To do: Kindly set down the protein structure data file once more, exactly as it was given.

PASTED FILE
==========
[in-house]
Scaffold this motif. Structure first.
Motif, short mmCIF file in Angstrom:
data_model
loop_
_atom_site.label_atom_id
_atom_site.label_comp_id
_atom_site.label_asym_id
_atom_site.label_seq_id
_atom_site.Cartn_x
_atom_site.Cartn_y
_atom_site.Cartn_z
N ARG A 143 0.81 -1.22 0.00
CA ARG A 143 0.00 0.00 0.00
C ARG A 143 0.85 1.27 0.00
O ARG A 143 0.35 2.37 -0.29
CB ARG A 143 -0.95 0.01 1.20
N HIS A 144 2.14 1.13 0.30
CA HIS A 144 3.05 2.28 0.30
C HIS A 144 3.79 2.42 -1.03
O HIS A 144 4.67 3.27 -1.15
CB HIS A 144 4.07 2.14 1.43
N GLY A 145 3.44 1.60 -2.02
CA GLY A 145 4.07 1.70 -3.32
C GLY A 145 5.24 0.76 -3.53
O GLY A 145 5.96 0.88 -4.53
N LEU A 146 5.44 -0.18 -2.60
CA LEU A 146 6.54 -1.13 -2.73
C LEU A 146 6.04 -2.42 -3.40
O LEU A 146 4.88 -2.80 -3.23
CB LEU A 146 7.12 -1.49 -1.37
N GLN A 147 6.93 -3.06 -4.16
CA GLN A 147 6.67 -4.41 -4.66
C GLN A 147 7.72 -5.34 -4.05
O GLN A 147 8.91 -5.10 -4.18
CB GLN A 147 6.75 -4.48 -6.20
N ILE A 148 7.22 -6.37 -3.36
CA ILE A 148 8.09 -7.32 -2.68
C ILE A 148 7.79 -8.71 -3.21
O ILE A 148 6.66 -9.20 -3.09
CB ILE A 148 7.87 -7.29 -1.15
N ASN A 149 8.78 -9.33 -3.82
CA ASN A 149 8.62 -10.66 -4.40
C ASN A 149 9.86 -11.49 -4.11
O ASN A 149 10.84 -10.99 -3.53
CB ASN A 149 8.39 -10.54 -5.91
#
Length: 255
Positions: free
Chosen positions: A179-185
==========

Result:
[in-house]
Scaffold this motif. Structure first.
Motif, short mmCIF file in Angstrom:
data_model
loop_
_atom_site.label_atom_id
_atom_site.label_comp_id
_atom_site.label_asym_id
_atom_site.label_seq_id
_atom_site.Cartn_x
_atom_site.Cartn_y
_atom_site.Cartn_z
N ARG A 143 0.81 -1.22 0.00
CA ARG A 143 0.00 0.00 0.00
C ARG A 143 0.85 1.27 0.00
O ARG A 143 0.35 2.37 -0.29
CB ARG A 143 -0.95 0.01 1.20
N HIS A 144 2.14 1.13 0.30
CA HIS A 144 3.05 2.28 0.30
C HIS A 144 3.79 2.42 -1.03
O HIS A 144 4.67 3.27 -1.15
CB HIS A 144 4.07 2.14 1.43
N GLY A 145 3.44 1.60 -2.02
CA GLY A 145 4.07 1.70 -3.32
C GLY A 145 5.24 0.76 -3.53
O GLY A 145 5.96 0.88 -4.53
N LEU A 146 5.44 -0.18 -2.60
CA LEU A 146 6.54 -1.13 -2.73
C LEU A 146 6.04 -2.42 -3.40
O LEU A 146 4.88 -2.80 -3.23
CB LEU A 146 7.12 -1.49 -1.37
N GLN A 147 6.93 -3.06 -4.16
CA GLN A 147 6.67 -4.41 -4.66
C GLN A 147 7.72 -5.34 -4.05
O GLN A 147 8.91 -5.10 -4.18
CB GLN A 147 6.75 -4.48 -6.20
N ILE A 148 7.22 -6.37 -3.36
CA ILE A 148 8.09 -7.32 -2.68
C ILE A 148 7.79 -8.71 -3.21
O ILE A 148 6.66 -9.20 -3.09
CB ILE A 148 7.87 -7.29 -1.15
N ASN A 149 8.78 -9.33 -3.82
CA ASN A 149 8.62 -10.66 -4.40
C ASN A 149 9.86 -11.49 -4.11
O ASN A 149 10.84 -10.99 -3.53
CB ASN A 149 8.39 -10.54 -5.91
#
Length: 255
Positions: free
Chosen positions: A179-185